Let’s say I do a study, a systematic review of CT for appendicitis and it shows an accuracy of 85%, but in children, it’s not as good. Well, I may say in my conclusion that, “Yes, this is a great test for appendicitis.” But I may forget to say it’s not great for kids, and then when it’s implemented and practiced, that group of patients where it may not be as effective, may not be recognized.

Again, it’s often an error of omission or lack of communicating important nuance regarding tests, because sometimes there are certain subgroups of patients for which a test or an intervention might not be effective, or sometimes there are problems with the studies you’re using to make your conclusions that might impact that, and often, it’s poor communication exercise rather than something that I think is very deliberate and trying to actively misrepresent. So I don’t think the intent is usually there to misrepresent, but the effect is, that it is. And I think we need to educate authors, readers, editors, peer reviewers on what spin is, and if we recognize what it is, perhaps we can better prevent it.

Bob Barrett:
So it’s not just ego.

Matthew McInnes:
I mean without going into the head of every author who has written these systematic reviews, I really don’t think people often intentionally want to misrepresent results. I think it’s, again, inherent optimism, subconscious positivity. And myself, as an author of these reviews, I’ve had to be introspective and look back at some of my reports and realize that perhaps I’m not completely free from spin in my own reports, so it certainly changed the way I approach my own reporting of research.

Again, awareness is the first step and education and outreach to prevent this or minimize this, I think, is important. So this is a really a first step to make people aware of what spin is, how common is it, what are the most common types of spin that we see in these test accuracy reviews. And once we’re aware of that, perhaps we can go forward and minimize it or reduce it.

Bob Barrett:
Well, your study found around 70% of systematic reviews of diagnostic accuracy studies contained at least one actual form of over interpretation. What do we do? What strategies can be implemented to reduce this frequency?

Matthew McInnes:
That’s a really good question. So I think, as I said in the previous question, I think understanding what spin is and that it’s very common in our test accuracy systematic reviews as step one. But certainly awareness is not a solution in and of itself. What we do know is that the most common forms of spin that we identified are saying that a test is good when maybe it’s not necessarily as good as we think.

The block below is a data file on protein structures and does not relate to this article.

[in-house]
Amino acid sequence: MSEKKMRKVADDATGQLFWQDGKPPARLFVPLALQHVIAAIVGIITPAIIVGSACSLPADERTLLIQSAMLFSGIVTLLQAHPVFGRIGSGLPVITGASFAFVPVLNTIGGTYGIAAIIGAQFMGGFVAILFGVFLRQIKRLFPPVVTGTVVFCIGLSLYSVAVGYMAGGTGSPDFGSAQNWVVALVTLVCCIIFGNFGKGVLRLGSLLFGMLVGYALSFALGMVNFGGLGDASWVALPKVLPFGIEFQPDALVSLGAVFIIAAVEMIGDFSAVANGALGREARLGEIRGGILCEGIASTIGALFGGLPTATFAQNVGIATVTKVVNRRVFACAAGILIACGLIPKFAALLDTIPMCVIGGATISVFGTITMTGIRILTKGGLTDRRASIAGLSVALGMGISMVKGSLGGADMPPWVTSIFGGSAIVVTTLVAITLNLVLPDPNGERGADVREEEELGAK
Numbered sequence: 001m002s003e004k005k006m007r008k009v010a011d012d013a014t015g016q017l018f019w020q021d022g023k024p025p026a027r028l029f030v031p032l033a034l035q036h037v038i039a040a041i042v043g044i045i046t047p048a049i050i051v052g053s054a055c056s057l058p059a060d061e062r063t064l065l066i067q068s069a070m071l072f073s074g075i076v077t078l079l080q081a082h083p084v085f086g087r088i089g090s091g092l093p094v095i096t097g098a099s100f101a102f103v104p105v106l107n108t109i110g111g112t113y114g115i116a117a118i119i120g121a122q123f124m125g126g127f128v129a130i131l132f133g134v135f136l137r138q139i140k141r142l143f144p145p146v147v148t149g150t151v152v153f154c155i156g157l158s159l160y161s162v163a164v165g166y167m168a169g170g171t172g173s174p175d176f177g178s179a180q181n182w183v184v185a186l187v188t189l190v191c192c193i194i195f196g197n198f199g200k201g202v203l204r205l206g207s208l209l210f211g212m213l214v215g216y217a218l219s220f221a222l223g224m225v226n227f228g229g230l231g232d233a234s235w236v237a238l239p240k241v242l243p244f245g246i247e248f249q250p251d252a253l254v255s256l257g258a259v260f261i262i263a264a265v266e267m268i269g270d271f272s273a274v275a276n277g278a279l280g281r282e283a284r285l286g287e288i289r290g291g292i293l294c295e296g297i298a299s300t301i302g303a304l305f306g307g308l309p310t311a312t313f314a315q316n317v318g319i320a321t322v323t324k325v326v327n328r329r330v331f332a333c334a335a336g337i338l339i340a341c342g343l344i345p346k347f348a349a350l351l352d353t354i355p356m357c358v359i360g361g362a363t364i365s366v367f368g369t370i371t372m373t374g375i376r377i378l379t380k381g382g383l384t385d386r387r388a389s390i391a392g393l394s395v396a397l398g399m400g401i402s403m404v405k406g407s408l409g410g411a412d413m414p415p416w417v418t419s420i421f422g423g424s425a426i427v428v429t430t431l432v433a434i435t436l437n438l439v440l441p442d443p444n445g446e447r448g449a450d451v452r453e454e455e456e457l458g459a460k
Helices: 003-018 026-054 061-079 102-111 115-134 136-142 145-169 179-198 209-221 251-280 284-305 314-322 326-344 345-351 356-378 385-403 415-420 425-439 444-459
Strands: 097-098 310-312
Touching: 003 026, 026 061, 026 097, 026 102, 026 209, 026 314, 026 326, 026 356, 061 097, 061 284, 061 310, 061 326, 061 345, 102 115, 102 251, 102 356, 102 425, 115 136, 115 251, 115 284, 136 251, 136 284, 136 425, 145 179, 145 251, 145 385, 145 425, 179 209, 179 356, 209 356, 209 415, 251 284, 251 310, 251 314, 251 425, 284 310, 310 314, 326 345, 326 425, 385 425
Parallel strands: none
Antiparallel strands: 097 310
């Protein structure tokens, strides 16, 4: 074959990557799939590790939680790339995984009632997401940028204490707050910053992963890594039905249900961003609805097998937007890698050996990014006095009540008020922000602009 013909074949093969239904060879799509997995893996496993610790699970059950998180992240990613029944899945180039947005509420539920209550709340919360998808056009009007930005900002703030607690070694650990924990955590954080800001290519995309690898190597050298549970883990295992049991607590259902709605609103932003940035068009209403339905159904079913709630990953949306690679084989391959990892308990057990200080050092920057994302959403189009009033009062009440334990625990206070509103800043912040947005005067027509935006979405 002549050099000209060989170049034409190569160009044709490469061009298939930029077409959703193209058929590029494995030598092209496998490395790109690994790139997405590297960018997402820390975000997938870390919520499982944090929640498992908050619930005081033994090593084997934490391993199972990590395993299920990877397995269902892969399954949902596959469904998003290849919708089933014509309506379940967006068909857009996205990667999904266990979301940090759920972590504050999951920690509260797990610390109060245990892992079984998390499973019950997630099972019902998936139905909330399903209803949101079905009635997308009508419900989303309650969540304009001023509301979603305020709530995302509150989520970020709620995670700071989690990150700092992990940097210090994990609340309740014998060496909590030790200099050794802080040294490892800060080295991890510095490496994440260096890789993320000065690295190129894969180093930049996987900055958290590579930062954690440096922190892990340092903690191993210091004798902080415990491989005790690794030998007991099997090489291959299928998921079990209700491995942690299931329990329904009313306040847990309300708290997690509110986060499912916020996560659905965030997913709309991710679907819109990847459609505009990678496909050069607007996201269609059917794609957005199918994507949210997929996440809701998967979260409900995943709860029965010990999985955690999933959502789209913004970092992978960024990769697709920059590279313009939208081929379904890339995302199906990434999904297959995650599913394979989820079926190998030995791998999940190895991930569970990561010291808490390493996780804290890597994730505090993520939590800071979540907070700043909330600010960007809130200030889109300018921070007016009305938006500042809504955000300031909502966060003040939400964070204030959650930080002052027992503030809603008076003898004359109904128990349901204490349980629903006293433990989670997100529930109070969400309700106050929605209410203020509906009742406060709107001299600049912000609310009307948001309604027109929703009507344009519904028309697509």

Saying a test is good but not recognizing that the studies you use, may be at high risk of bias, or saying a test is good and not realizing that a test may not be equally good for all groups of patients. Those are the three most common forms. So I think if we start with those three very common forms, and editors like Dr. Rifai at Clinical Chemistry or Dr. Kressler at Radiology, that publish a lot of the systematic reviews, can be aware of that and maybe educate the reviewers and authors on how to reduce that, that’s step one.

I think the second step is to have a reporting guideline that’s specific for diagnostic test accuracy systematic reviews. There are a lot of nuance and tricky things with this type of systematic review that really needs to be understood and reported correctly.

In my group, some of the authors on this paper are working on such a guideline which should be released later this year. So hopefully a guideline on how to report these systematic reviews will also provide a framework to reducing this type of behavior.

Bob Barrett:
Well finally doctor, will similar strategies work for minimizing misinterpretation in other types of biomedical literature reports?

Matthew McInnes:
Well that’s a really good question. We know that spin or over interpretation is common in all research. We’re only recognizing it now in our diagnostic accuracy systematic reviews. There’s been some good work done on randomized control trials and systematic reviews of these trials, and certainly, reporting guidelines and standards for reporting of those types of studies and systematic reviews have shown some modest benefit in improving reporting.

I’m not sure anyone’s done an assessment to see whether pre and post those interventions spin has actually reduced. It’s a relatively new phenomenon in research and that we’re only starting to evaluate its presence in the last, let’s say five years or so. So no one’s really done any follow up studies to see, “Has this changed over time? Has the frequency of spin decreased over time?” And I think those are some important things to look at, to see, are these interventions that we’re putting in place helping to reduce spin, specifically, and certainly, our group is looking forward to doing some follow up studies, following interventions such as specific reporting guidelines for test accuracy systematic reviews.

Bob Barrett:
Dr. Matthew McInnes is a radiologist in the division of abdominal and chest radiology in the Department of Medical Imaging at the Ottawa Hospital, and is a clinician investigator at the OHRI Clinical Epidemiology program. He’s been our guest in this podcast from Clinical Chemistry. I’m Bob Barrett. Thanks for listening.